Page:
This brief, hands-on activity illustrates the different heating capacities of soil and water in order to understand why places near the sea have a more moderate climate than those inland.

This static visualization shows that the global carbon cycle is determined by the interactions of climate, the environment, and Earth's living systems at many levels, from molecular to global.

This short video illustrates the phenomena of El NiÃo and La NiÃa: their relationships to tradewinds and surface water temperatures, and their effects on precipitation in North America.

This short activity provides a way to improve understanding of a frequently-published diagram of global carbon pools and fluxes. Students create a scaled 3-D visual of carbon reservoirs and the movement of carbon between reservoirs.

This activity introduces students to different forms of energy, energy transformations, energy storage, and the flow of energy through systems. Students learn that most energy can be traced back to nuclear fusion on the sun.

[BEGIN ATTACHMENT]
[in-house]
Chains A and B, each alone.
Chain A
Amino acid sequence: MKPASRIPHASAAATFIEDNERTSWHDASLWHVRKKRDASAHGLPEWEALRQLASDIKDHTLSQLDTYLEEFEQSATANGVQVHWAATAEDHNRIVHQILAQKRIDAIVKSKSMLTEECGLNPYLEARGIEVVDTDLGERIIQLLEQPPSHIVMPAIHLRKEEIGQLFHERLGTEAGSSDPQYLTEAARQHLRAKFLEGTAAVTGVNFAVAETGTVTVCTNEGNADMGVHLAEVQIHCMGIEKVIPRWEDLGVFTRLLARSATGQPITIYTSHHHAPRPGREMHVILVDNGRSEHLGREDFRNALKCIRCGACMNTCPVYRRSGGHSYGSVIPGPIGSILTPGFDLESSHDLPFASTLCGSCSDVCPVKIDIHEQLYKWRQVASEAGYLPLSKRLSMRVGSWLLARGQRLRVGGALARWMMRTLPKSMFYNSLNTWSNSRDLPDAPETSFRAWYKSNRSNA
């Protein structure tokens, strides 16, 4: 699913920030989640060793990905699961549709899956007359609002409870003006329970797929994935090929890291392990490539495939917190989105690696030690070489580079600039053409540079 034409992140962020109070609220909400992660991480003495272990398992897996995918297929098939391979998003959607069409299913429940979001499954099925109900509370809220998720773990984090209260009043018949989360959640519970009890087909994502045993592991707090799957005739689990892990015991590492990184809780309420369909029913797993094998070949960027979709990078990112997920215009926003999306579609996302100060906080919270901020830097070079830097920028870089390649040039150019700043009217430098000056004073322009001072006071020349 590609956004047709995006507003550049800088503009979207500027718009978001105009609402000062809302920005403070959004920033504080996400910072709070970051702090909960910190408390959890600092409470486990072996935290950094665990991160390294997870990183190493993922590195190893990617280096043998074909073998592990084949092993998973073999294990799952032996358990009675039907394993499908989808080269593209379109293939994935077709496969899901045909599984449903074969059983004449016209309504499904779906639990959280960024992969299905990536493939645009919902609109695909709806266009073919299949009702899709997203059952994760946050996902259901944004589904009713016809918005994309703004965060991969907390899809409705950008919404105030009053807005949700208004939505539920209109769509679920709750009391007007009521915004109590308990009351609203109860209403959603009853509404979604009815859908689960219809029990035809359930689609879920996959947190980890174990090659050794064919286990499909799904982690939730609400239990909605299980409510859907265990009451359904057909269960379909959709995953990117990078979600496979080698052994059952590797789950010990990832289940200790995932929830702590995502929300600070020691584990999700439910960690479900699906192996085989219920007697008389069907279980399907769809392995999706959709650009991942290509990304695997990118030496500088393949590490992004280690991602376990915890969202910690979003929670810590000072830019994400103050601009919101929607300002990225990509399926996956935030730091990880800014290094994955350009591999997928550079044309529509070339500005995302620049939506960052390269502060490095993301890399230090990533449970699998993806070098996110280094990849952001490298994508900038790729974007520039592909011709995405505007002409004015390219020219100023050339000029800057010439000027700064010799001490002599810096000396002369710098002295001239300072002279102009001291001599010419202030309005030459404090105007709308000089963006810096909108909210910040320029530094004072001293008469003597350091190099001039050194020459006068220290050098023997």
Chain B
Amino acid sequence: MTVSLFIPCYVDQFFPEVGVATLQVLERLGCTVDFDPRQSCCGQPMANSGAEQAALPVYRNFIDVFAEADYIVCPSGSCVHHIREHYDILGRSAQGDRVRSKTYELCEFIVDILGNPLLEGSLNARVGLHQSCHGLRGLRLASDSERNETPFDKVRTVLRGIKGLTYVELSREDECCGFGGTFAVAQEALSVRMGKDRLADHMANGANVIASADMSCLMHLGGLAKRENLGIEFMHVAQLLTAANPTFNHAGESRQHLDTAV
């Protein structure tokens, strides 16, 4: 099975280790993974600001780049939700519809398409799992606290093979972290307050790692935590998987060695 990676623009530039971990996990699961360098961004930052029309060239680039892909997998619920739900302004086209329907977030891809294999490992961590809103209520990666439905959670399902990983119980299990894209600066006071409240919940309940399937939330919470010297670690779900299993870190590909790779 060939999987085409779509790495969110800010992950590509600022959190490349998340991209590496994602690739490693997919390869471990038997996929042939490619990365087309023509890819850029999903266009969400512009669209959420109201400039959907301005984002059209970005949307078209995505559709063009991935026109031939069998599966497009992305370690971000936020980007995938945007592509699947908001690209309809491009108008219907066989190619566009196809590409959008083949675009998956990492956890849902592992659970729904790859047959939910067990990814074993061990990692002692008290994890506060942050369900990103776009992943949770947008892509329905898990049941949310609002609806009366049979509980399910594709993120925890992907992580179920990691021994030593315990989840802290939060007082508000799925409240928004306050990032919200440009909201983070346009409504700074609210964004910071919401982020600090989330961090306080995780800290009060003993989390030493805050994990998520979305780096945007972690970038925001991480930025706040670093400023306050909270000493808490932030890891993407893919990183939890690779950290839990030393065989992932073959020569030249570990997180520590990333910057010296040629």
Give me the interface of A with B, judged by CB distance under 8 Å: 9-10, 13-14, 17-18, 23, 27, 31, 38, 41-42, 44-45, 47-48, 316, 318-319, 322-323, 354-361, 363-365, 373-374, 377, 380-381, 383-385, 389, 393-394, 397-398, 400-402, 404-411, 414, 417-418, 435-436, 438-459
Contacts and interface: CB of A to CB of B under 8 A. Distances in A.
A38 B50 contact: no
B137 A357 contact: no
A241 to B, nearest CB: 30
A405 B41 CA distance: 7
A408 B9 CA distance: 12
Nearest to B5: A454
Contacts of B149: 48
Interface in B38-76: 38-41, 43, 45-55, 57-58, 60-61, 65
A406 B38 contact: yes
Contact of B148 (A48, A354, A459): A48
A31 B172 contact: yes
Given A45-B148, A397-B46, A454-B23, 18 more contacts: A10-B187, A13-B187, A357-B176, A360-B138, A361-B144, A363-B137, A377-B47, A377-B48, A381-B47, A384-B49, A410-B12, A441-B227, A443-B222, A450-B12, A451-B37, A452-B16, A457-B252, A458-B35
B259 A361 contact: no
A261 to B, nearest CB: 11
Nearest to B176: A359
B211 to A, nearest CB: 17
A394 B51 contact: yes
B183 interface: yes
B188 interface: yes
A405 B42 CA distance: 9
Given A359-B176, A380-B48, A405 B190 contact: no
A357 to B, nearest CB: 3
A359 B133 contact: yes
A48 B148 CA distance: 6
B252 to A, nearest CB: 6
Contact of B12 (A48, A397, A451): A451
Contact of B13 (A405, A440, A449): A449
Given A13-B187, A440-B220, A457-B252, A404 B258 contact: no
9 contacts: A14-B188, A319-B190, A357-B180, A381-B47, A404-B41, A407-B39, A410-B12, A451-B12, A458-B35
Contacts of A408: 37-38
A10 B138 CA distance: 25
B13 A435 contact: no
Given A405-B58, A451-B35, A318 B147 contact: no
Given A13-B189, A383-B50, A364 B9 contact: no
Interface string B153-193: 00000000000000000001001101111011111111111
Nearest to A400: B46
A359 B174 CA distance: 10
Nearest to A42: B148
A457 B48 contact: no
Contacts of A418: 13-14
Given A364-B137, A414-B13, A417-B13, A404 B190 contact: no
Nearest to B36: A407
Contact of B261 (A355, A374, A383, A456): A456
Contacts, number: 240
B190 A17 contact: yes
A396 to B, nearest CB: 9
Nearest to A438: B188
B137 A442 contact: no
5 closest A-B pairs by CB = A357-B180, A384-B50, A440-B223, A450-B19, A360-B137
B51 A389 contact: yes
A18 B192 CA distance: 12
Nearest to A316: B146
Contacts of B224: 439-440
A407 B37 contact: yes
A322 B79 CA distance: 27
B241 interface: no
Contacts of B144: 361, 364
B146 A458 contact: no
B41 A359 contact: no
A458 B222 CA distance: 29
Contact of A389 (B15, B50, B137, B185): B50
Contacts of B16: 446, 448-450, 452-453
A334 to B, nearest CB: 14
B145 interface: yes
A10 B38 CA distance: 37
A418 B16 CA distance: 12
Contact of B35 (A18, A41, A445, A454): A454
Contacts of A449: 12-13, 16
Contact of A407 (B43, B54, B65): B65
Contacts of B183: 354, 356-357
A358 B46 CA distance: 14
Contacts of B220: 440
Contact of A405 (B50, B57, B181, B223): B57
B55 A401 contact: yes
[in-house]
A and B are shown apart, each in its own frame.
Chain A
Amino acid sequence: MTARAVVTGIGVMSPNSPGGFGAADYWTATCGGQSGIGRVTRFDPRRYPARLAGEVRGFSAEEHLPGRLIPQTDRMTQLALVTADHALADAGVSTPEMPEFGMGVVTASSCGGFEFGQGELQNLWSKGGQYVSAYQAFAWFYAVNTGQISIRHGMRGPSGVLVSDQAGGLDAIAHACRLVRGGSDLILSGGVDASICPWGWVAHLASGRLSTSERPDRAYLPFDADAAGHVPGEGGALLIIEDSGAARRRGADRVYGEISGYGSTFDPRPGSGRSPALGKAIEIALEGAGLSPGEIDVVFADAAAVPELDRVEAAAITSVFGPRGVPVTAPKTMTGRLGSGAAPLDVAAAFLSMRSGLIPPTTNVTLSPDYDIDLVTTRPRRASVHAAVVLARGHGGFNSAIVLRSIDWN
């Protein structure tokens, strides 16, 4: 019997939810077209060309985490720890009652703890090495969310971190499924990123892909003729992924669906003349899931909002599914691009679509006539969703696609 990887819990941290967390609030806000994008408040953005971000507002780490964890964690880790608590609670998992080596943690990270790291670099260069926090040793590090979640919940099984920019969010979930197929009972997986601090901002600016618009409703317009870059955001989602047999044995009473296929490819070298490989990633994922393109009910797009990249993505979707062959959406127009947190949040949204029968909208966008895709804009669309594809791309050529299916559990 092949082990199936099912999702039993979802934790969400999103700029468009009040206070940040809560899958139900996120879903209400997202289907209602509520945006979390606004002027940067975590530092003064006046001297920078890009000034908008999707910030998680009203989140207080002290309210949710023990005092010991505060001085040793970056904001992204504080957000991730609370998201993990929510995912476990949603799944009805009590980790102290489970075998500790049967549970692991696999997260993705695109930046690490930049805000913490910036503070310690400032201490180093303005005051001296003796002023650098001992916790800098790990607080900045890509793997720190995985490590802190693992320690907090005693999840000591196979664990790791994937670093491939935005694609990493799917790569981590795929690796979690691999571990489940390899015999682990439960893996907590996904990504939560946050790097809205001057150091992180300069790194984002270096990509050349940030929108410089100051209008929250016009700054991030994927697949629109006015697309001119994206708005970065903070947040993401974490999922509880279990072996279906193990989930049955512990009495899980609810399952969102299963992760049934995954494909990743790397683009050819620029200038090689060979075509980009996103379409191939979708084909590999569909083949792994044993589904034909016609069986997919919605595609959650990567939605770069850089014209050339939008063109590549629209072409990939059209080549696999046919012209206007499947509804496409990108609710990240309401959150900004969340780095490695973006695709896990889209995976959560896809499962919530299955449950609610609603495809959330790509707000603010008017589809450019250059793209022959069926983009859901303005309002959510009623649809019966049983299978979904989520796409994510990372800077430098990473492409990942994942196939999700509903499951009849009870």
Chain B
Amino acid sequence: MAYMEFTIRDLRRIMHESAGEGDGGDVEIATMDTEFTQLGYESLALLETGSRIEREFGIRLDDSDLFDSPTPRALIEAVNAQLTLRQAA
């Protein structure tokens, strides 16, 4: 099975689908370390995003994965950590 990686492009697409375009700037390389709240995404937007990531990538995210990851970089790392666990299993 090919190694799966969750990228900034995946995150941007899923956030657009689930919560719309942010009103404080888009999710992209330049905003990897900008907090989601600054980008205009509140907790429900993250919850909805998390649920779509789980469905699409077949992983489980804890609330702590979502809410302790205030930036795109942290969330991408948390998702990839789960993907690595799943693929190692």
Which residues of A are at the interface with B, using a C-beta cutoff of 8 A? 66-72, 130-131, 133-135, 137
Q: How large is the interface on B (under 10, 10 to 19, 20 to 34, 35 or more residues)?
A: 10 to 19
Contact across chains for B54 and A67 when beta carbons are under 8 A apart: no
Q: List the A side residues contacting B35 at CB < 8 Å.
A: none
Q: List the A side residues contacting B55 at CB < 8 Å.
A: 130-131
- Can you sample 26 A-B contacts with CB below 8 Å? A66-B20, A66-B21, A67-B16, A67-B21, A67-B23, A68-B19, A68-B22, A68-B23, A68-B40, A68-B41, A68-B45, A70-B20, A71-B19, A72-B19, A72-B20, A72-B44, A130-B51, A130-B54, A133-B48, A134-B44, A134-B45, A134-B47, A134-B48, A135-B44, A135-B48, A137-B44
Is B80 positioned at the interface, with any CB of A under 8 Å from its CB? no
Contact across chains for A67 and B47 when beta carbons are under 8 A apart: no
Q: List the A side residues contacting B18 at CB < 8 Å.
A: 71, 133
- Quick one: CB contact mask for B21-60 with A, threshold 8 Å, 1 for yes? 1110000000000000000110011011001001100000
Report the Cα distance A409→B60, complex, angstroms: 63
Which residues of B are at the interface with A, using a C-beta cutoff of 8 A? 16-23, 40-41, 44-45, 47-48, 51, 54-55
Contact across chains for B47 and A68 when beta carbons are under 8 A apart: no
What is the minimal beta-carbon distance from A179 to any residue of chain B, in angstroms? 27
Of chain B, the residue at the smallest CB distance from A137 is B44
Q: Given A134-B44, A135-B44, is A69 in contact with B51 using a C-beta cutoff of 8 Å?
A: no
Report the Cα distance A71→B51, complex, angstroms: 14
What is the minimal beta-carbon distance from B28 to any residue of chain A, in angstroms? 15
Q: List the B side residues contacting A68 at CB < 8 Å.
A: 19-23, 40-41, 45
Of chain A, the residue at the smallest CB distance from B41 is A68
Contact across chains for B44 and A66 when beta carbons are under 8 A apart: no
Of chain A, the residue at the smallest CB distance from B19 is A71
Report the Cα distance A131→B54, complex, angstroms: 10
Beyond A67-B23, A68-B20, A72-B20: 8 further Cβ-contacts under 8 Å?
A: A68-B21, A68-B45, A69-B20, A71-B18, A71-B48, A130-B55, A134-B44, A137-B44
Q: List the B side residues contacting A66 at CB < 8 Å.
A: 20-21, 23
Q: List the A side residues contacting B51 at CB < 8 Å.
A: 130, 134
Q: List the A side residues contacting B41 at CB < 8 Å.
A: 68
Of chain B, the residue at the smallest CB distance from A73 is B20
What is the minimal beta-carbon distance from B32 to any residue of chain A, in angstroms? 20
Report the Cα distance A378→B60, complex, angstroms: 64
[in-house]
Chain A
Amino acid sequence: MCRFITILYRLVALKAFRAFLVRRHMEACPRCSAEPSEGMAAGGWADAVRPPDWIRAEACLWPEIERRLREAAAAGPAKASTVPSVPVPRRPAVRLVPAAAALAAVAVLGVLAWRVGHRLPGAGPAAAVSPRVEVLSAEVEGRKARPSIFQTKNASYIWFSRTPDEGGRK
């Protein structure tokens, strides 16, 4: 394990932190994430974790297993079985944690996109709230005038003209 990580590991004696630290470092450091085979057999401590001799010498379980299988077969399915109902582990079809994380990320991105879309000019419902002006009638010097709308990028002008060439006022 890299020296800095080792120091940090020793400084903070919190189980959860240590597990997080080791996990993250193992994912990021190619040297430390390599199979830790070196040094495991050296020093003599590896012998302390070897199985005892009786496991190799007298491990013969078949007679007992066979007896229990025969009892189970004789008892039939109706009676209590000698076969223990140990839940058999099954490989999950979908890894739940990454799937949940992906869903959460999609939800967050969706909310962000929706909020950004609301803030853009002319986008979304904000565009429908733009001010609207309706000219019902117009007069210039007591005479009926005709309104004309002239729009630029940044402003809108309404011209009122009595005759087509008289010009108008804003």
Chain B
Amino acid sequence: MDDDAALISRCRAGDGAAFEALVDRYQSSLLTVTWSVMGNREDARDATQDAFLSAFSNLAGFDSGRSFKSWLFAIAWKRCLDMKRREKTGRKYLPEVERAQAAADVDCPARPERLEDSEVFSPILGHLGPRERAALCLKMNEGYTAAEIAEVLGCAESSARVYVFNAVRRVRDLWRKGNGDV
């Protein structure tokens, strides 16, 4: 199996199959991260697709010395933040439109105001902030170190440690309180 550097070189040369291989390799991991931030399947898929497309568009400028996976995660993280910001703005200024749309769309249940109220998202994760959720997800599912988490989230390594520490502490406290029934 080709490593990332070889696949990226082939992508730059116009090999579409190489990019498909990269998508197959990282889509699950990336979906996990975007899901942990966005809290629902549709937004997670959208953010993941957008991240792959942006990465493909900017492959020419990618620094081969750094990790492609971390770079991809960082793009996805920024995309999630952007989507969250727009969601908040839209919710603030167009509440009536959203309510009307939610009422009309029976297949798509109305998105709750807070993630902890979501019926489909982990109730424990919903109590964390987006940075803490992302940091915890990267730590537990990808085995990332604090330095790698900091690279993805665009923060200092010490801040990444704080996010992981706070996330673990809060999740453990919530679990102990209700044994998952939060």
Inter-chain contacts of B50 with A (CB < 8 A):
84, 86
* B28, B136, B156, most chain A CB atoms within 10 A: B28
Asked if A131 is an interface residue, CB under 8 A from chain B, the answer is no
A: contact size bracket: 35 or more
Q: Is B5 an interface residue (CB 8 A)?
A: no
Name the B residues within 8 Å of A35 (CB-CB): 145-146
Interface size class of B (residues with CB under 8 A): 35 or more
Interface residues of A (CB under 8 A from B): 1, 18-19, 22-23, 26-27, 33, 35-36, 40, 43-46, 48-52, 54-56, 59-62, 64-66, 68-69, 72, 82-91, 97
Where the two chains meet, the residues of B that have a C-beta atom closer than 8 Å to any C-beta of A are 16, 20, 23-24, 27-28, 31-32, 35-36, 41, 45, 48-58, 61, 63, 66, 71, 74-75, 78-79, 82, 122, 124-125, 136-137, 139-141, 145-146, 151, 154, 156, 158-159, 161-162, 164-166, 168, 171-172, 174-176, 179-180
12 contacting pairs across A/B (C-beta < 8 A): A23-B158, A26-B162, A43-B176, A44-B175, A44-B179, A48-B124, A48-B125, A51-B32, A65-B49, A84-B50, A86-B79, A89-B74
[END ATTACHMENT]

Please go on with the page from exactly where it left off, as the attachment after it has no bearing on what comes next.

This interactive follows carbon as it moves through various components of the carbon cycle.

For this lesson, the guiding Concept Question is: What is climate change and how does climate relate to greenhouse gas concentrations over time? This activity is the second lesson in a nine-lesson module 'Visualizing and Understanding the Science of Climate Change' produced by the International Year of Chemistry project (2011).

This video segment, from the 'Earth: The Operators' Manual' featuring climate expert Richard Alley, shows how ice cores stored at the National Ice Core Lab provide evidence that ancient ice contains records of Earth's past climate - specifically carbon dioxide and temperature.

In this activity, students are guided through the process of locating and graphing web-based environmental data that has been collected by GLOBE Program participants using actual data collected by students in Pennsylvania and comparing them to their local climatic boundary conditions. This activity highlights the opportunities for using GLOBE data to introduce basic concepts of Earth system science.

This image depicts a representative subset of the atmospheric processes related to aerosol lifecycles, cloud lifecycles, and aerosol-cloud-precipitation interactions that must be understood to improve future climate predictions.